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Welcome to the Poland Portal — Witaj w Portalu o Polsce

Cityscape of Kraków, Poland's former capital
Cityscape of Kraków, Poland's former capital
Coat of arms of Poland

Poland is a country in Central Europe, bordered by Germany to the west; the Czech Republic and Slovakia to the south; Ukraine, Belarus and Lithuania to the east; and the Baltic Sea and Russia's Kaliningrad Oblast to the north. It is an ancient nation whose history as a state began near the middle of the 10th century. Its golden age occurred in the 16th century when it united with the Grand Duchy of Lithuania to form the Polish–Lithuanian Commonwealth. During the following century, the strengthening of the gentry and internal disorders weakened the nation. In a series of agreements in the late 18th century, Russia, Prussia and Austria partitioned Poland amongst themselves. It regained independence as the Second Polish Republic in the aftermath of World War I only to lose it again when it was occupied by Nazi Germany and the Soviet Union in World War II. The nation lost over six million citizens in the war, following which it emerged as the communist People's Republic of Poland under strong Soviet influence within the Eastern Bloc. A westward border shift followed by forced population transfers after the war turned a once multiethnic country into a mostly homogeneous nation state. Labor turmoil in 1980 led to the formation of the independent trade union called Solidarity (Solidarność) that over time became a political force which by 1990 had swept parliamentary elections and the presidency. A shock therapy program during the early 1990s enabled the country to transform its economy into one of the most robust in Central Europe. With its transformation to a democratic, market-oriented country completed, Poland joined NATO in 1999 and the European Union in 2004.

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Polish clear beetroot borscht with uszka
Polish clear beetroot borscht with uszka
Borscht (barszcz) is a sour soup common to various Eastern European cuisines. It derives from a soup originally made by the Slavs from common hogweed, a herbaceous plant growing in damp meadows, which lent the dish its Slavic name. Its stems, leaves and umbels were chopped, covered with water and left in a warm place to ferment. After a few days, lactic and alcoholic fermentation produced a mixture described as "something between beer and sauerkraut". It was then used for cooking a soup with a mouth-puckering sour taste and pungent smell. As the Polish ethnographer Łukasz Gołębiowski wrote in 1830, "Poles have been always partial to tart dishes, which are somewhat peculiar to their homeland and vital to their health." With time, other ingredients were added to the soup, eventually replacing hogweed altogether. In modern Polish cuisine, borscht usually comes in one of two varieties: clear beetroot-based red borscht, typically served with mushroom-filled uszka dumplings (pictured), or white borscht made from fermented rye flour and served over boiled sausage, potatoes and eggs. They are traditionally associated with Christmas and Easter, respectively. (Full article...)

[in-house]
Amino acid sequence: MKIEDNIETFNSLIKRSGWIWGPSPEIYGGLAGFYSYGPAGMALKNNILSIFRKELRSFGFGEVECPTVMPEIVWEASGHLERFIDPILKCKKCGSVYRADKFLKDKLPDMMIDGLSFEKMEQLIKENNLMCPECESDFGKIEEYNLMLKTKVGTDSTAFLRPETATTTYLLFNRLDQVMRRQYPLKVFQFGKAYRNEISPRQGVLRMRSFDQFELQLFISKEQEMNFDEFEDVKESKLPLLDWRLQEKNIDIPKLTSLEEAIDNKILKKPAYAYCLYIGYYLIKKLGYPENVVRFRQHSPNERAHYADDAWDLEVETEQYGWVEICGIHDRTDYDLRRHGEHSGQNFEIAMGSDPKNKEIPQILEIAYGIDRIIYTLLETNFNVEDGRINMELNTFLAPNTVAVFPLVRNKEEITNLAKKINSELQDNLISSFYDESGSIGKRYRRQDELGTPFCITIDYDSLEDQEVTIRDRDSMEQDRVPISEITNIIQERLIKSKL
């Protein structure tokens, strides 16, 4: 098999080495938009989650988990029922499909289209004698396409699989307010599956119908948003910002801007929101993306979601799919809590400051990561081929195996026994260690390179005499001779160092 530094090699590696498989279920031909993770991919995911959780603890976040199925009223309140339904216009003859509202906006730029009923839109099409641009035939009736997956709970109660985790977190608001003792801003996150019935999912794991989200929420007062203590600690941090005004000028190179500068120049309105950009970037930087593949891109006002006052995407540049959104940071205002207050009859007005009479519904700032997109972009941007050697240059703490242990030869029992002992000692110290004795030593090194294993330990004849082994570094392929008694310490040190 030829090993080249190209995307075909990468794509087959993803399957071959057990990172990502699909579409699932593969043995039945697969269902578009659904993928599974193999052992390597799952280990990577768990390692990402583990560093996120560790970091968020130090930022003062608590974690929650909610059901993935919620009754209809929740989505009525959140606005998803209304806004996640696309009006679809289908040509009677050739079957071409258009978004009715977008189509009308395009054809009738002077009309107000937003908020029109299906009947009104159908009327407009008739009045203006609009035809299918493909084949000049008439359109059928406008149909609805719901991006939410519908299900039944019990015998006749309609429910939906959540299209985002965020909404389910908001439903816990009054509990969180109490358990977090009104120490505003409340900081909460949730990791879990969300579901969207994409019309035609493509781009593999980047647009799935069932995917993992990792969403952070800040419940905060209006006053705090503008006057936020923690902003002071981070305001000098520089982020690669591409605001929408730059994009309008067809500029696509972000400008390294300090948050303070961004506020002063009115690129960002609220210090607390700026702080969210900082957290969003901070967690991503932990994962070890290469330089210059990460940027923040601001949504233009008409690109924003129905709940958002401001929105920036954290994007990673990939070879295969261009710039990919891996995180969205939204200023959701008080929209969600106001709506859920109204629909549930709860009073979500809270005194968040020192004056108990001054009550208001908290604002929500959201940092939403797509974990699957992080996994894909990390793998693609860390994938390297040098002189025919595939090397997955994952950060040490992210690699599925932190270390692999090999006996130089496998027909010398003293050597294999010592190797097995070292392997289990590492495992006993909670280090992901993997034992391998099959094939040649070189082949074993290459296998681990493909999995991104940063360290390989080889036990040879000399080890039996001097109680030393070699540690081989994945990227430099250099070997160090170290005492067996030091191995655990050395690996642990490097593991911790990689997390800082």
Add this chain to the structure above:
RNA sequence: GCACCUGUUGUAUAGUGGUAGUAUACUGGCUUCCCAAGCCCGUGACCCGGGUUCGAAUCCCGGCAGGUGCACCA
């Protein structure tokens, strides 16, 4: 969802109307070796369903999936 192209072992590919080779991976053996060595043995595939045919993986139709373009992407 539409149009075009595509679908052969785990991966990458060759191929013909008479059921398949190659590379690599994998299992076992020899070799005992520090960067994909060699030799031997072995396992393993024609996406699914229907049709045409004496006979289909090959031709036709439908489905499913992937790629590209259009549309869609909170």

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A group of granite outcrops up to eight meters tall, known as Śląskie Kamienie (Silesian Rocks) in Polish or Dívči Kameny (Girl's Rocks) in Czech, on top of a peak rising 1,413 meters above sea level in the Giant Mountains, or Karkonosze. According to local folklore, the peak was the place of death of a young shepherdess, hence the Czech name of the rocks.

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Kielce Bus Station

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Józef Zajączek
Józef Zajączek
Józef Zajączek (1752–1826) was a Polish military general and politician. He started his career in the Polish-Lithuanian army as an aide-de-camp to Hetman Franciszek Ksawery Branicki. He was also Branicki's supporter on the political scene, before joining the liberal opposition during the Great Sejm in 1790 and becoming a radical supporter of the Constitution of 3 May 1791. As a military commander, he participated in the Polish–Russian War of 1792 and the Kościuszko Uprising of 1794. After the Partitions of Poland, he joined the Napoleonic Army where he served as a general until his wounding and capture during the French invasion of Russia in 1812. In 1815, he became the first viceroy of the Russian-controlled "Congress" Kingdom of Poland. (Full article...)

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Wrocław town hall
Wrocław town hall
Wrocław, situated on the Oder River in Lower Silesia, is the fourth largest city in Poland. Dating back to the 11th century, the city has changed its allegiance and name several times in history, and has been known as Vratislav in Czech and Breslau in German. An important economic and cultural hub of eastern Germany until World War II, it can boast eleven Nobel prize winners who were born or lived in Breslau. The picturesque historic center was destroyed during the Siege of Breslau at the end of the war, but then meticulously rebuilt and is now a popular tourist attraction, along with the Centennial Hall and the Racławice Panorama. Modern Wrocław is a growing high-tech and financial center of Poland. (Full article...)

Poland now

Recent events

Piotr Żyła

Constitutional crisis • COVID-19 pandemic • Women's Strike protests

Holidays and observances in April 2021
(statutory public holidays in bold)

Polish Easter eggs

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Government and politics




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Wikipedias in the languages of Poland